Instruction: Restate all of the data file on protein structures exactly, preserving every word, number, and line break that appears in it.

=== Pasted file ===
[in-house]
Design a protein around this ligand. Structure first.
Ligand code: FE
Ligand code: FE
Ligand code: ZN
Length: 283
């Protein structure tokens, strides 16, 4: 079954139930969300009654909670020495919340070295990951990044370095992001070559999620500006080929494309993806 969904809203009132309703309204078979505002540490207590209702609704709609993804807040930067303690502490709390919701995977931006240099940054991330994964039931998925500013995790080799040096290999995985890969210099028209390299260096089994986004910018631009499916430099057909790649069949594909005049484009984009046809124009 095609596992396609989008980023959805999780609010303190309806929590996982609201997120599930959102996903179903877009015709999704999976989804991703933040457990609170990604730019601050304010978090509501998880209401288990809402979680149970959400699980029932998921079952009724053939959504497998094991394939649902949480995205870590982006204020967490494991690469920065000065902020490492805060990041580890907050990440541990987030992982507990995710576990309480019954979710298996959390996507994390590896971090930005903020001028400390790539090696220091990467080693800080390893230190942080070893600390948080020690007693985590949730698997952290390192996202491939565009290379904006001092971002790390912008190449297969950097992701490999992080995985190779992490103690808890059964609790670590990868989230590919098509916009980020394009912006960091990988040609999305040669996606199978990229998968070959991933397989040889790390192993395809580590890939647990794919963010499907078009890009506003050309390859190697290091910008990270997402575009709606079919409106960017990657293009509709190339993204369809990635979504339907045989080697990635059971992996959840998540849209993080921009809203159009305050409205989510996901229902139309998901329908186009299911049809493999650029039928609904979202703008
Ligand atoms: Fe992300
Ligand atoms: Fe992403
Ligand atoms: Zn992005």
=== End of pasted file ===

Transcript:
[in-house]
Design a protein around this ligand. Structure first.
Ligand code: FE
Ligand code: FE
Ligand code: ZN
Length: 283
């Protein structure tokens, strides 16, 4: 079954139930969300009654909670020495919340070295990951990044370095992001070559999620500006080929494309993806 969904809203009132309703309204078979505002540490207590209702609704709609993804807040930067303690502490709390919701995977931006240099940054991330994964039931998925500013995790080799040096290999995985890969210099028209390299260096089994986004910018631009499916430099057909790649069949594909005049484009984009046809124009 095609596992396609989008980023959805999780609010303190309806929590996982609201997120599930959102996903179903877009015709999704999976989804991703933040457990609170990604730019601050304010978090509501998880209401288990809402979680149970959400699980029932998921079952009724053939959504497998094991394939649902949480995205870590982006204020967490494991690469920065000065902020490492805060990041580890907050990440541990987030992982507990995710576990309480019954979710298996959390996507994390590896971090930005903020001028400390790539090696220091990467080693800080390893230190942080070893600390948080020690007693985590949730698997952290390192996202491939565009290379904006001092971002790390912008190449297969950097992701490999992080995985190779992490103690808890059964609790670590990868989230590919098509916009980020394009912006960091990988040609999305040669996606199978990229998968070959991933397989040889790390192993395809580590890939647990794919963010499907078009890009506003050309390859190697290091910008990270997402575009709606079919409106960017990657293009509709190339993204369809990635979504339907045989080697990635059971992996959840998540849209993080921009809203159009305050409205989510996901229902139309998901329908186009299911049809493999650029039928609904979202703008
Ligand atoms: Fe992300
Ligand atoms: Fe992403
Ligand atoms: Zn992005």